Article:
Nothing to start off my year like a film festival, especially one with short films so I could balance out my schedule. As per usual, Vancouver Short Film Festival had a variety and this year had the most screenings, I guess they just keep increasing by the year, which is progressive. Anyways, I’ll keep this intro short and start discussing the program.
Programme 1 – Nothing starts off a film like, films. Ugh, why do I keep saying this? But to start it off, audience got treated to the online treatment, which I am still not used to for some reason. But the first program showed interesting artistic shorts such as ALIVE, Plantonic, and L’Arpege. There was also Nadagukunda Deja, a documentary of self-discovery. A young man named Sébastien Desrosiers learns about his family and meets with his Rwandan father. It was quite informative. But there’s a little bit of humour too with The New Leash on Life, where a talking dog named Basketball is sent to be put down. Yeah, it goes from funny to depressing in a matter of time. Somehow it ended awkwardly. Ben’s Room was a heartwarming stop-motion story of a little Lego man who goes on a quest around a bedroom to find his missing arm. Finally, The Weight and The Quieting both focus on women who try to connect with their mothers. Actually, I’ve already seen The Quieting. So I’ll just go onto the next event.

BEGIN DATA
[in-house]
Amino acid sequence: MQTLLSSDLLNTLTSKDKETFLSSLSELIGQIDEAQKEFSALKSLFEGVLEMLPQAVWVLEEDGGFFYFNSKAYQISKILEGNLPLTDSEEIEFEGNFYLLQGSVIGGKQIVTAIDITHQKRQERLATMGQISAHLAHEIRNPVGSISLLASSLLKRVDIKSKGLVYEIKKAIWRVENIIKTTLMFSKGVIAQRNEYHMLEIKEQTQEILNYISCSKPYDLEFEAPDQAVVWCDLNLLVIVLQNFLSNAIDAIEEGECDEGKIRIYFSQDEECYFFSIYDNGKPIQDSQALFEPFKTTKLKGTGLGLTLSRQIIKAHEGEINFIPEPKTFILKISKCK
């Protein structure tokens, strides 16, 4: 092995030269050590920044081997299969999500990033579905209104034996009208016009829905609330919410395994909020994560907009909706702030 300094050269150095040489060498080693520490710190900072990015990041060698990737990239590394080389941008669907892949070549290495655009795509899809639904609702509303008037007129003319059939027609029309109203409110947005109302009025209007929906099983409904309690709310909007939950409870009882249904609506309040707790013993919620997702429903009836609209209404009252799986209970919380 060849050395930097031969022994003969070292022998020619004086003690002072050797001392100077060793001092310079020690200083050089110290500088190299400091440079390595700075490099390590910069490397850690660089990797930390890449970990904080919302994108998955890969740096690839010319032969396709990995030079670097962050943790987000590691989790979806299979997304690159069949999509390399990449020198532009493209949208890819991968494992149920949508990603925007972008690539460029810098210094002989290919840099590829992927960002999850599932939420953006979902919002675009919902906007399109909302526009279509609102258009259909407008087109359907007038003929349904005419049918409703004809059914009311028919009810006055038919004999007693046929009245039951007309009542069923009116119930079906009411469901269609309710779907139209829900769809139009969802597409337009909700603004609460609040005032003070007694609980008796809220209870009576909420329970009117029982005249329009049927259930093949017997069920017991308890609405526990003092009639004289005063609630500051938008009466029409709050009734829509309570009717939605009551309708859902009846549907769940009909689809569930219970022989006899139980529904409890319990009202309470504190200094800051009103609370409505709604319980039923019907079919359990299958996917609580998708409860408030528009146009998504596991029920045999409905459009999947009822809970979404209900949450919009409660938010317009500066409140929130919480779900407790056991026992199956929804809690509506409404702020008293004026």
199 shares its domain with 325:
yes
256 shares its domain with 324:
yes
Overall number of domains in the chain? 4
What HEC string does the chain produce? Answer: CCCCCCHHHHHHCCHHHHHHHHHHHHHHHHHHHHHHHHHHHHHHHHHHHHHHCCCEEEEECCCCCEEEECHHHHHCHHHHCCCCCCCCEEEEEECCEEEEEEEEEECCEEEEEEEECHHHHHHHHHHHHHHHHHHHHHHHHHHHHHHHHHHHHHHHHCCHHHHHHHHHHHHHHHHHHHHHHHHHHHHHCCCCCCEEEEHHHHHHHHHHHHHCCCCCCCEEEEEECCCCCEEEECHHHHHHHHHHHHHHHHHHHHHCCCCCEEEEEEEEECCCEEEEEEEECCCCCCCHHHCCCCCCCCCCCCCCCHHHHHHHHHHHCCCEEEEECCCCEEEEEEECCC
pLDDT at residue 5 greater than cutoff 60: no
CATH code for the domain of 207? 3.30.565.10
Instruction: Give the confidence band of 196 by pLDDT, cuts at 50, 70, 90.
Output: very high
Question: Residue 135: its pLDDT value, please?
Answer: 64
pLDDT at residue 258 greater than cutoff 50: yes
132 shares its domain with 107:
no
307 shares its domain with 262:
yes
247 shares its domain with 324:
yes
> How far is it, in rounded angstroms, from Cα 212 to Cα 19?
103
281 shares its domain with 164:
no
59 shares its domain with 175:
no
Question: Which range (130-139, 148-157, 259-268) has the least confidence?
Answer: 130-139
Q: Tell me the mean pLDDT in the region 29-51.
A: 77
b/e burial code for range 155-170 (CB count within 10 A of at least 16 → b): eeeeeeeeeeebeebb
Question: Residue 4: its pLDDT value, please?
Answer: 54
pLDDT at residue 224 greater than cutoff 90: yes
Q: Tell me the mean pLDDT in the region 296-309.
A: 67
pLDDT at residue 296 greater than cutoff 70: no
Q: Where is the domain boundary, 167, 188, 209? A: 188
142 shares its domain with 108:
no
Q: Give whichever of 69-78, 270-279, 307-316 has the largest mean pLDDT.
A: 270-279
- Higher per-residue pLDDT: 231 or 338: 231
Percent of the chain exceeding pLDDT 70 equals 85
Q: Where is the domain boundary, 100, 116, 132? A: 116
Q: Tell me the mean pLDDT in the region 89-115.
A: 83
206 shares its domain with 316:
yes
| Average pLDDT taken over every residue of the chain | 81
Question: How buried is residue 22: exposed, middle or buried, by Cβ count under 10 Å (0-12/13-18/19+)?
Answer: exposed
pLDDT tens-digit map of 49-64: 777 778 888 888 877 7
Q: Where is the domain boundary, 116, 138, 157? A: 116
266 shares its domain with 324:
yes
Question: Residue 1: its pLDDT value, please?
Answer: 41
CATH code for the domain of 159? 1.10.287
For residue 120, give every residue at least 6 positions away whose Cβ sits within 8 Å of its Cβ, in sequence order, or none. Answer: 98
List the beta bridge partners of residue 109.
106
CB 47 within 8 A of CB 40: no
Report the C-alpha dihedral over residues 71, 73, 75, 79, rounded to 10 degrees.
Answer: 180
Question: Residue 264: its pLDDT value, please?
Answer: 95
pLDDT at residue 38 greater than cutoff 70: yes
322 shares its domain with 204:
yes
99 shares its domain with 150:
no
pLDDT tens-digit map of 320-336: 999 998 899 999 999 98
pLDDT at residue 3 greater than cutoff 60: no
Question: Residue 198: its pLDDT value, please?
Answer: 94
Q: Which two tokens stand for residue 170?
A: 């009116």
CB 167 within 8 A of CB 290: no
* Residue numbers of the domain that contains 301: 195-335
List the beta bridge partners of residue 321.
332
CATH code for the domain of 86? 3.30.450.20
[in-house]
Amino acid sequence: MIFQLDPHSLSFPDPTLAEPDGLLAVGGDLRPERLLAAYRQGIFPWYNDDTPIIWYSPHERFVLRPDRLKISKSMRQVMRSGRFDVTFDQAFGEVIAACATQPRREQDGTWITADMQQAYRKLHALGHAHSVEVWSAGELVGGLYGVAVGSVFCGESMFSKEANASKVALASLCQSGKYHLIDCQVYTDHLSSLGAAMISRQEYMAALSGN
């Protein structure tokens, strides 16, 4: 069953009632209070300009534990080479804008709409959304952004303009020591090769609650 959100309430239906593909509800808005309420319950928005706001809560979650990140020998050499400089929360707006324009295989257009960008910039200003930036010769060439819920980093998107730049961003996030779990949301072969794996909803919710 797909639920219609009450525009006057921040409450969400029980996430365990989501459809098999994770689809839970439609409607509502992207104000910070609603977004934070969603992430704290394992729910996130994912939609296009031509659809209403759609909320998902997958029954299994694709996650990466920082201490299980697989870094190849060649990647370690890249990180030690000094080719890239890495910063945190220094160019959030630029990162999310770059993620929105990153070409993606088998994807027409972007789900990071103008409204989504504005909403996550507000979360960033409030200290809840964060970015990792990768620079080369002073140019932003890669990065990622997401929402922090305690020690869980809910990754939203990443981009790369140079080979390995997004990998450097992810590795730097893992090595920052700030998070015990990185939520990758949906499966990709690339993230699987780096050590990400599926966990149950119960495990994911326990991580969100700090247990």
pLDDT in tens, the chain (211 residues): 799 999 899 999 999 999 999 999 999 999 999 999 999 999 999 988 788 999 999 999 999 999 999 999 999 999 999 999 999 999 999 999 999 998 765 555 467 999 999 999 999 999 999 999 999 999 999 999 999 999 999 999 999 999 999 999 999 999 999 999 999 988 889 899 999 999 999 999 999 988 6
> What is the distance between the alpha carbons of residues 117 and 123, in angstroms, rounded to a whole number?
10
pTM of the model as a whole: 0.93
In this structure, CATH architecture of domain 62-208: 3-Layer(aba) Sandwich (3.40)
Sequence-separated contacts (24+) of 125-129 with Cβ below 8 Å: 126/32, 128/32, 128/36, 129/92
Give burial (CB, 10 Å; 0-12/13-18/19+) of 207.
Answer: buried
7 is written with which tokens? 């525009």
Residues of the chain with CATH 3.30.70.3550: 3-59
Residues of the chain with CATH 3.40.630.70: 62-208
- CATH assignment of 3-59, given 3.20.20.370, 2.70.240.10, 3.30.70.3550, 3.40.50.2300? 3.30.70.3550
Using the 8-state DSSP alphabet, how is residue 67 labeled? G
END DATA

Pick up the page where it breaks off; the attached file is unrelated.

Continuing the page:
Partner Event: Scripting Aloud! Online Edition Reading – Taking place online at another crowded Zoom meeting which I’m completely used to by now, The Reading Session consisted of two short scripts. The Bed by Henry J. Man and Day 220 by Alesandria Mentari. These were some very interesting stories and I hope to see them made into films one day.